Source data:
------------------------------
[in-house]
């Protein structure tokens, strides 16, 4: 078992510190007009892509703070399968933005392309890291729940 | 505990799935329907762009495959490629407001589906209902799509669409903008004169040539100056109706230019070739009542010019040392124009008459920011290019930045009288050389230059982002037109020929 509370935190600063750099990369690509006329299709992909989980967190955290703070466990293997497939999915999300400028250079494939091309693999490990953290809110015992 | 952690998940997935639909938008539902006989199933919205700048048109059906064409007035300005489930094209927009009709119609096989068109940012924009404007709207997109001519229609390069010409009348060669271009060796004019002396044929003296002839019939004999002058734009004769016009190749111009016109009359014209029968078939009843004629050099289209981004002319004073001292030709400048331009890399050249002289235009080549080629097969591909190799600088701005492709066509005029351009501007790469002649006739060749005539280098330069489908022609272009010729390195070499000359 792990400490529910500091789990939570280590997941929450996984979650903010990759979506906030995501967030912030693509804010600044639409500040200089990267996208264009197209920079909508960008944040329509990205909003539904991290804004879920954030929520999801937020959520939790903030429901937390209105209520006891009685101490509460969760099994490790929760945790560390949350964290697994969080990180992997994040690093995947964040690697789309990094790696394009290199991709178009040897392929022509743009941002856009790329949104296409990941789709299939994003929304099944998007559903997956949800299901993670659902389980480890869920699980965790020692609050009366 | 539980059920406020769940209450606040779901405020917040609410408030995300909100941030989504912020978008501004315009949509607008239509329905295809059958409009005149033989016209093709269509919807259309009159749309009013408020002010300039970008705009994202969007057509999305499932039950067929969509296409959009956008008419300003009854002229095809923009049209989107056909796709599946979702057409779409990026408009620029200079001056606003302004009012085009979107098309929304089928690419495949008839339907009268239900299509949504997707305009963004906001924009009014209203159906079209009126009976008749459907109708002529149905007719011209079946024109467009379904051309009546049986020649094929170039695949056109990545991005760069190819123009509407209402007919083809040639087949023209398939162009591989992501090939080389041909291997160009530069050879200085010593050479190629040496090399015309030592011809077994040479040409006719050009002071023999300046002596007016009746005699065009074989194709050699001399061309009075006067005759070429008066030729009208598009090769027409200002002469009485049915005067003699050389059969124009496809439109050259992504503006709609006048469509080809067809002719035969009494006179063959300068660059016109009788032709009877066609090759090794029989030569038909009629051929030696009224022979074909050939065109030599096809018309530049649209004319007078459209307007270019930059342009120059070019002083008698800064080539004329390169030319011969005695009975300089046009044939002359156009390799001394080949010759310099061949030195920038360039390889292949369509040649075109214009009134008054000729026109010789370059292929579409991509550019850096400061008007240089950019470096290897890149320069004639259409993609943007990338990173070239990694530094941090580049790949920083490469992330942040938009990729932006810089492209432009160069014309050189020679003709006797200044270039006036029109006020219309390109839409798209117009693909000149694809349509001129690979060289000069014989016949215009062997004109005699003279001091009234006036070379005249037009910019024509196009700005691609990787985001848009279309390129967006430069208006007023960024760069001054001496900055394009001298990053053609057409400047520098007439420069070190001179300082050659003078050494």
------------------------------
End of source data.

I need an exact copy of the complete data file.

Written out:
[in-house]
């Protein structure tokens, strides 16, 4: 078992510190007009892509703070399968933005392309890291729940 | 505990799935329907762009495959490629407001589906209902799509669409903008004169040539100056109706230019070739009542010019040392124009008459920011290019930045009288050389230059982002037109020929 509370935190600063750099990369690509006329299709992909989980967190955290703070466990293997497939999915999300400028250079494939091309693999490990953290809110015992 | 952690998940997935639909938008539902006989199933919205700048048109059906064409007035300005489930094209927009009709119609096989068109940012924009404007709207997109001519229609390069010409009348060669271009060796004019002396044929003296002839019939004999002058734009004769016009190749111009016109009359014209029968078939009843004629050099289209981004002319004073001292030709400048331009890399050249002289235009080549080629097969591909190799600088701005492709066509005029351009501007790469002649006739060749005539280098330069489908022609272009010729390195070499000359 792990400490529910500091789990939570280590997941929450996984979650903010990759979506906030995501967030912030693509804010600044639409500040200089990267996208264009197209920079909508960008944040329509990205909003539904991290804004879920954030929520999801937020959520939790903030429901937390209105209520006891009685101490509460969760099994490790929760945790560390949350964290697994969080990180992997994040690093995947964040690697789309990094790696394009290199991709178009040897392929022509743009941002856009790329949104296409990941789709299939994003929304099944998007559903997956949800299901993670659902389980480890869920699980965790020692609050009366 | 539980059920406020769940209450606040779901405020917040609410408030995300909100941030989504912020978008501004315009949509607008239509329905295809059958409009005149033989016209093709269509919807259309009159749309009013408020002010300039970008705009994202969007057509999305499932039950067929969509296409959009956008008419300003009854002229095809923009049209989107056909796709599946979702057409779409990026408009620029200079001056606003302004009012085009979107098309929304089928690419495949008839339907009268239900299509949504997707305009963004906001924009009014209203159906079209009126009976008749459907109708002529149905007719011209079946024109467009379904051309009546049986020649094929170039695949056109990545991005760069190819123009509407209402007919083809040639087949023209398939162009591989992501090939080389041909291997160009530069050879200085010593050479190629040496090399015309030592011809077994040479040409006719050009002071023999300046002596007016009746005699065009074989194709050699001399061309009075006067005759070429008066030729009208598009090769027409200002002469009485049915005067003699050389059969124009496809439109050259992504503006709609006048469509080809067809002719035969009494006179063959300068660059016109009788032709009877066609090759090794029989030569038909009629051929030696009224022979074909050939065109030599096809018309530049649209004319007078459209307007270019930059342009120059070019002083008698800064080539004329390169030319011969005695009975300089046009044939002359156009390799001394080949010759310099061949030195920038360039390889292949369509040649075109214009009134008054000729026109010789370059292929579409991509550019850096400061008007240089950019470096290897890149320069004639259409993609943007990338990173070239990694530094941090580049790949920083490469992330942040938009990729932006810089492209432009160069014309050189020679003709006797200044270039006036029109006020219309390109839409798209117009693909000149694809349509001129690979060289000069014989016949215009062997004109005699003279001091009234006036070379005249037009910019024509196009700005691609990787985001848009279309390129967006430069208006007023960024760069001054001496900055394009001298990053053609057409400047520098007439420069070190001179300082050659003078050494």